● Developing an understanding of fractions and decimal numbers
The purpose of the Lower School social studies curriculum is for students to understand their place in the global community and in historical time. Starting with understanding self and family, students progress to understanding local community, city and state, country and global. Geography and research are integrated throughout the curriculum. An emphasis is placed on the power of the individual to impact the world in which we live.
The goal of our fourth grade social studies curriculum is to look at these enduring understandings:
• History is connected to geography is connected to economics is connected to culture.
• Historians interpret past events with different lenses and perspectives.
• One individual has significant power and obligation as a citizen.
Topics explored include: state geography and facts, regions of the United States, westward expansion, and environmental stewardship in Maryland through a project study of non-profits.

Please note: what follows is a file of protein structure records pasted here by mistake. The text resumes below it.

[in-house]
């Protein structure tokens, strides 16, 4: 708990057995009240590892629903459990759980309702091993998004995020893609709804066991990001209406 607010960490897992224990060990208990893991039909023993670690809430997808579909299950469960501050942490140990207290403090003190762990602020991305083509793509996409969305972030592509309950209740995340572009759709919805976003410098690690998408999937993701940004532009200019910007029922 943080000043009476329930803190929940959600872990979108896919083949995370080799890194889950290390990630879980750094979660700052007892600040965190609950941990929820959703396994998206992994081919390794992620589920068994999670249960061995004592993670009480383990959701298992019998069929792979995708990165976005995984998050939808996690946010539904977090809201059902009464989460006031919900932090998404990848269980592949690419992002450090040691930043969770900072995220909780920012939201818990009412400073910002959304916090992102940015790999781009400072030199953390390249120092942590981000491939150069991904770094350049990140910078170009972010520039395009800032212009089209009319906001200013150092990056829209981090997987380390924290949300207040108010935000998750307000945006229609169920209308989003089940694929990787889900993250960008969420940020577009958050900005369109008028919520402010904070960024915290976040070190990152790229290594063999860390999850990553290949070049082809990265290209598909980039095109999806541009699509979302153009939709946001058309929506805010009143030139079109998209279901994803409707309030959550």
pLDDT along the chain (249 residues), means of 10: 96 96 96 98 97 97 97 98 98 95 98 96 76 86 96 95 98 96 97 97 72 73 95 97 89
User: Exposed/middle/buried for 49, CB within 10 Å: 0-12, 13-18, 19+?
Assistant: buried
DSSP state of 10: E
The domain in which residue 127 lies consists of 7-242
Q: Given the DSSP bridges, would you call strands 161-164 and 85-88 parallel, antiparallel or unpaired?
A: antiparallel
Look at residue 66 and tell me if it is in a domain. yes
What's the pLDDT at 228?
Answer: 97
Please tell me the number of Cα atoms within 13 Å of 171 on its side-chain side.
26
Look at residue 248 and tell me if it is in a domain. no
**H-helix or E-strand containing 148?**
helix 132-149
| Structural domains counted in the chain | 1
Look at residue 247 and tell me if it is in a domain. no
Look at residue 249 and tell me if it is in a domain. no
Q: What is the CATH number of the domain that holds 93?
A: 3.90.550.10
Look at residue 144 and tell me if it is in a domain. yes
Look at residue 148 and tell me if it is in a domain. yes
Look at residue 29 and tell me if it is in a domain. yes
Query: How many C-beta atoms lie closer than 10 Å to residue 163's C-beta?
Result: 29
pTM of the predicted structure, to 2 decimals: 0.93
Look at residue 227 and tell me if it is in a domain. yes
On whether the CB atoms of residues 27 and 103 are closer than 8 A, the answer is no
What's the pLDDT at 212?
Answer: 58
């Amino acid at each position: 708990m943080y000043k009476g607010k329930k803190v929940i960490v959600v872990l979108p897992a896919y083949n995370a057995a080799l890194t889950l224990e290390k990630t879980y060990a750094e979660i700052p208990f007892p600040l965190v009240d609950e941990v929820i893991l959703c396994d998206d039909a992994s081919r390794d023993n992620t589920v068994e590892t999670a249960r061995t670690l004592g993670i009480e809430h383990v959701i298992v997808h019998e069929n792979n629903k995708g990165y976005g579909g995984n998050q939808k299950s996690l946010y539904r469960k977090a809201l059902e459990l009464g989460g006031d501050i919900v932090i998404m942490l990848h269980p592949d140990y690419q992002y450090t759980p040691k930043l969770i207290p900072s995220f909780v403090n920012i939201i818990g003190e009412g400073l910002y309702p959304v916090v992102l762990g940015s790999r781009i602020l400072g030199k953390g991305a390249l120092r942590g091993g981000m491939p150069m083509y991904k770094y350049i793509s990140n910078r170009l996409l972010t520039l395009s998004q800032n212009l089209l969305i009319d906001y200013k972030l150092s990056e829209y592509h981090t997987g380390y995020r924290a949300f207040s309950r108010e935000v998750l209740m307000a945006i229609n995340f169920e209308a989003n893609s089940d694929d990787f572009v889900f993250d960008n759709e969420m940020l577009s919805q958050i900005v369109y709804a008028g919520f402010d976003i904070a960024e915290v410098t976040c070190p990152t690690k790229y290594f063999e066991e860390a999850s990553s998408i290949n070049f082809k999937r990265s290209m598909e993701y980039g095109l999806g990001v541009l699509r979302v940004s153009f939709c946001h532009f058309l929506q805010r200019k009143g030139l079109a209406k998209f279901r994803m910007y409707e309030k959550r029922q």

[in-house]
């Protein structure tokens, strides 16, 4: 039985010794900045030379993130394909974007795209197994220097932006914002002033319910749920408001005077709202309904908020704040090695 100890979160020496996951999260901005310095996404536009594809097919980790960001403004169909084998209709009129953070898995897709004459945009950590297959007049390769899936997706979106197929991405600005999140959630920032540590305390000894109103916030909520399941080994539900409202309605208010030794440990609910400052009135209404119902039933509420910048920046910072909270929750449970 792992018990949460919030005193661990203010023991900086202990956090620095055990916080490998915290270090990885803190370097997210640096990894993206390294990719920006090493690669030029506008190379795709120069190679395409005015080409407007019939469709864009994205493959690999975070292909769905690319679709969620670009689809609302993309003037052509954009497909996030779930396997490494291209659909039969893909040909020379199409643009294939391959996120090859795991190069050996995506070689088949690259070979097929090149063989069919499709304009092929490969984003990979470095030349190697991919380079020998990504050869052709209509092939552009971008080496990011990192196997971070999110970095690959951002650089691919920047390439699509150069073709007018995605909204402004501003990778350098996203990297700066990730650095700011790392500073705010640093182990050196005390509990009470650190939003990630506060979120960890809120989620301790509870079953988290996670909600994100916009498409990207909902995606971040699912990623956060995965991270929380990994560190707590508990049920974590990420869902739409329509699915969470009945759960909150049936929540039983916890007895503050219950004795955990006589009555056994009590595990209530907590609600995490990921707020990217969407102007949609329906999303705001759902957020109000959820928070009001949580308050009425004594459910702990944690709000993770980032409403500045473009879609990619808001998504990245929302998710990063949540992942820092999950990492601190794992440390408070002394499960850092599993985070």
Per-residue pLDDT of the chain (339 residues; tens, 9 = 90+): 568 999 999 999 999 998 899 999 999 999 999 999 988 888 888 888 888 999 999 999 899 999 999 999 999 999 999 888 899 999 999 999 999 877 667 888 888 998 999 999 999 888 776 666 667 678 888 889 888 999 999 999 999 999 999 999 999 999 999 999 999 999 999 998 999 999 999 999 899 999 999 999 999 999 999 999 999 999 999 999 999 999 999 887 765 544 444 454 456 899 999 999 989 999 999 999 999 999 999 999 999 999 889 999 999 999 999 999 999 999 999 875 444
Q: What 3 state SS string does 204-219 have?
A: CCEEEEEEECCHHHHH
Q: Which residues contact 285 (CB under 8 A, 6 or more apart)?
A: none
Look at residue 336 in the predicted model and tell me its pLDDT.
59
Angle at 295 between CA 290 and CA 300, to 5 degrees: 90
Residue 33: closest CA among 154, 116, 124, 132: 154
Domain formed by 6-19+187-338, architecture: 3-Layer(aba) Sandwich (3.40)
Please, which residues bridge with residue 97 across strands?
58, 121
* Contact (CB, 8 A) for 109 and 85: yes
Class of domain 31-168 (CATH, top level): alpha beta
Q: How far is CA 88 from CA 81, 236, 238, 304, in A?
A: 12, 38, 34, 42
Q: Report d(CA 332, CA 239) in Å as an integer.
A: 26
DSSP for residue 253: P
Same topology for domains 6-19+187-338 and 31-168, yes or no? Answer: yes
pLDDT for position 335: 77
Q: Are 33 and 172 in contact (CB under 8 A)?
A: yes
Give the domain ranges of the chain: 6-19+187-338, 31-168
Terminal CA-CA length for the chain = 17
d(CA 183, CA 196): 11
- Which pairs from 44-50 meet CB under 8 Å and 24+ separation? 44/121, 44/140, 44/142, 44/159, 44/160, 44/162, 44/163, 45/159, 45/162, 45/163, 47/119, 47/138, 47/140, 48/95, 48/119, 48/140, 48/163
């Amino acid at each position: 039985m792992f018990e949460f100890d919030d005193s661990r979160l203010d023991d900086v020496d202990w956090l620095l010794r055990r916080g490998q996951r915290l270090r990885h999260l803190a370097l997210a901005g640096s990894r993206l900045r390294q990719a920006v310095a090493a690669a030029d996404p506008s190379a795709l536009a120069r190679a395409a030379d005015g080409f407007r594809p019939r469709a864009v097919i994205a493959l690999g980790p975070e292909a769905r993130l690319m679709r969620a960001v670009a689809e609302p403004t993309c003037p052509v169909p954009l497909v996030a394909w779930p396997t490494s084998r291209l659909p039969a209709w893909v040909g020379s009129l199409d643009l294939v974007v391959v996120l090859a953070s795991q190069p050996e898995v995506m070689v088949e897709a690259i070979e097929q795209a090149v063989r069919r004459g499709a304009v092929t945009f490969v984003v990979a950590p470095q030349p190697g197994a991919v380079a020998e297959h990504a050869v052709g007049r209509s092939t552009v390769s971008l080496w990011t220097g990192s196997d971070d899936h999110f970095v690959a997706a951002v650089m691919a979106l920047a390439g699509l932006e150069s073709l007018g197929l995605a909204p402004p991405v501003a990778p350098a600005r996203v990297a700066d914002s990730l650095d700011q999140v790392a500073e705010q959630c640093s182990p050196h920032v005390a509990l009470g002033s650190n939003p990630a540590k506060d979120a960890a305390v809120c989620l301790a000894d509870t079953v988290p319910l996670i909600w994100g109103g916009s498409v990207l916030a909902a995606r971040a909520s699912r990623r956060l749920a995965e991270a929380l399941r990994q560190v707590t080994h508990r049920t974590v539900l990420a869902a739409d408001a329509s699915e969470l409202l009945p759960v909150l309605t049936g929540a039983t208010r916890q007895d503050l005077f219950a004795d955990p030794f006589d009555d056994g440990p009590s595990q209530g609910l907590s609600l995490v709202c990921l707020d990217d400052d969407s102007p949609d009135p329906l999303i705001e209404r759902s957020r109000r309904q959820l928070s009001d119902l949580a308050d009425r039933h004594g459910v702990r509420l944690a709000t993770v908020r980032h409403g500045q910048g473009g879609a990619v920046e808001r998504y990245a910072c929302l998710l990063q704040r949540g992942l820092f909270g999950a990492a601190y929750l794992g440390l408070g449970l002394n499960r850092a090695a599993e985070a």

All science units in grades K-5 derive from the Next Generation Science Standards and engage girls in the areas of life science, earth and space science, physical science, and engineering design. Units are hands-on and performance-based and strive to enhance our girls’ natural curiosity. As girls explore the science content and how it connects to the natural world, they develop key learning skills – communication, collaboration, inquiry, problem-solving, resilience and flexibility.
Learning is extended to the outdoors while working in the Lower School garden or visiting the Backwoods. Our garden program teaches basic skills in growing and harvesting plants, caring for the environment, and encouraging individual wellness. During science class, fourth grade girls study:
• Composting unit
• Physical features of living things for survival
• Energy/motion/sound energy
• Electricity and circuits